Symptom fluctuations and daily physical activity in patients with CFS: A case-control study: Meeus and colleagues at Vrije Universiteit Brussel (Belgium) studied 67 women with CFS for six days. They found that the more patients with CFS are sedentary and the better activity is dispersed, the fewer symptoms and variations they experience on the same and next day. Inversely, more symptoms and variability is experienced when patients were more active that day or the day before. This paper supports the common practice of pacing used by CFS patients to reduce symptom flares brought on by over-activity. (Archives of Physical Medicine and Rehabilitation, Nov. 2011) Read more...
MORE FROM RESEARCH1st
David Tuller, MPH, who has written about CFS for the New York Times, published a well-researched and comprehensive article, "CFS and the CDC: A long, tangled tale," on virology blog, hosted by Dr. Vincent Racaniello. We've provided a link to that must-read article, David's interview with Dr. Racaniello on "This Week in Virology" and nine other articles about CFS written by David. Read more...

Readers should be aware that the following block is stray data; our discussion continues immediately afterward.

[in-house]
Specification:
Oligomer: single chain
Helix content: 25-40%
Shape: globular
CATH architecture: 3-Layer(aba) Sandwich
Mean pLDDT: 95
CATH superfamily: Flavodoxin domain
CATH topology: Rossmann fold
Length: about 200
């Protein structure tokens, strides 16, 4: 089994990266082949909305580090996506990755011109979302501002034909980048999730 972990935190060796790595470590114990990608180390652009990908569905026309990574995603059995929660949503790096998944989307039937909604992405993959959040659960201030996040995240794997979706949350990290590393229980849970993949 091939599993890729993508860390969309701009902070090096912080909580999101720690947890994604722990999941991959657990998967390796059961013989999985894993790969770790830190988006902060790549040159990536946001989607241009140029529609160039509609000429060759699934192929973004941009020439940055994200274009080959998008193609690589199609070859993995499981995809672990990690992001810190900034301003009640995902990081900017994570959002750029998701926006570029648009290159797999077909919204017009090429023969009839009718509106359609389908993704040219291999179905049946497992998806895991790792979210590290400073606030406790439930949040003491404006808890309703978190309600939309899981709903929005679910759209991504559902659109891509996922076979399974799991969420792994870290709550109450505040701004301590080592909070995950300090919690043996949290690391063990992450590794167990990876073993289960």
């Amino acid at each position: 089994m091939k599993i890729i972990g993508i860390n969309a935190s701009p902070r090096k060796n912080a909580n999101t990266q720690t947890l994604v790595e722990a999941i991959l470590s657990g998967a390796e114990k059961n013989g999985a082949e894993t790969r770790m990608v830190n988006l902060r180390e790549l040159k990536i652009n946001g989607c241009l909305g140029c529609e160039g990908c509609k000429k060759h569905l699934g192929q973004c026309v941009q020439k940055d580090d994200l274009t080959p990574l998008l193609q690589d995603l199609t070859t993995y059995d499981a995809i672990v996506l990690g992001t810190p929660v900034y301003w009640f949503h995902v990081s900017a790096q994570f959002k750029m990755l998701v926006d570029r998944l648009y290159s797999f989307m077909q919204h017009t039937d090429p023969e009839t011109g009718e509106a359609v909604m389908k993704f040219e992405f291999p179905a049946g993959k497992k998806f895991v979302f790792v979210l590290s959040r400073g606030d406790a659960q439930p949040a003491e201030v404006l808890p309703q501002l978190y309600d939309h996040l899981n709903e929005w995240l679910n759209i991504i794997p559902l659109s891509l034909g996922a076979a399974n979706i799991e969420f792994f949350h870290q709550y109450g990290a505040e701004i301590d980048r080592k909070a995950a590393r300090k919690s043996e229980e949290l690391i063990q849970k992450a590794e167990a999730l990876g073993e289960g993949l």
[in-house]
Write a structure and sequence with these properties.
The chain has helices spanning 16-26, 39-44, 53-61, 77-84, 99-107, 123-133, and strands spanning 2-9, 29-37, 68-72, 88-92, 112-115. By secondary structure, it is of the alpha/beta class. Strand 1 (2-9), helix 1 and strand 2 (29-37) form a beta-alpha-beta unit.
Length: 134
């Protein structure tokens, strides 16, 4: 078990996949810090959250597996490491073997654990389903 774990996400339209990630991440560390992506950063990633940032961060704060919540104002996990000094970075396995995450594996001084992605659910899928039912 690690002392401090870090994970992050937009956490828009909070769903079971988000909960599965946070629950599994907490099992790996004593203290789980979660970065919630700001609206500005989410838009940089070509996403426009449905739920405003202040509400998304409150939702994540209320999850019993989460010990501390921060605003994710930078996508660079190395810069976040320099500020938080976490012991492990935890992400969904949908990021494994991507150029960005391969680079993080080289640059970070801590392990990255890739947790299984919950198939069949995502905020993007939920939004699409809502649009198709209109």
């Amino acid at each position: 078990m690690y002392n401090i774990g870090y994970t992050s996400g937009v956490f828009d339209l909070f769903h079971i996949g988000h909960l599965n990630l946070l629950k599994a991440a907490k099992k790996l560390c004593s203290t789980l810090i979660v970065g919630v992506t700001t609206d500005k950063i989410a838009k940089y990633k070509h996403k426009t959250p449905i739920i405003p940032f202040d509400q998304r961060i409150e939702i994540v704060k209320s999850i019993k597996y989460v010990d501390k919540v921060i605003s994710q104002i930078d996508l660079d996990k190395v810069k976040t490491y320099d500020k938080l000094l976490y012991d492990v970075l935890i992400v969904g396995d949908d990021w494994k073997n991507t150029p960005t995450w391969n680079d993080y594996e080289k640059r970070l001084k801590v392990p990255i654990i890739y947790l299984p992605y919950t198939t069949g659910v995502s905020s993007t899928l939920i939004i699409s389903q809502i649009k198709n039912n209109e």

We posted 10 updates about the Association's research program, including progress reports from our six most recent grantees, a log of scientific director Dr. Suzanne Vernon's contributions over the year, newsworthy highlights from 2011, a description of what's next with your support and a wrap-up slideshow. You can find links to all these articles at http://www.research1st.com/2011/11/28/accelerate/.
We've updated information about a broad range of research initiatives in the field of CFS. In all, we've added 21 new posts in Nov. and Dec. (so far), with 155 posts since the Research1st blog launched in late May. You can subscribe to email updates each time a new blog post is added.
The Department of Health and Human Services (DHHS) CFS Advisory Committee met on Nov. 8-9, 2011, in Washington, D.C. Jennifer M. Spotila, J.D., wrote this summary of the meeting; her testimony as well as statements from CEO Kim McCleary and former AHRQ staff member Christine Williams are available on Research1st. DHHS has posted video recordings and links to other materials.
Two policy topics of frequent discussion are the burden of illness imposed by CFS and better reimbursement for services and procedures related to patient care. Andrew Kewley and Marc Williams, MD, recently penned guest posts on these topics.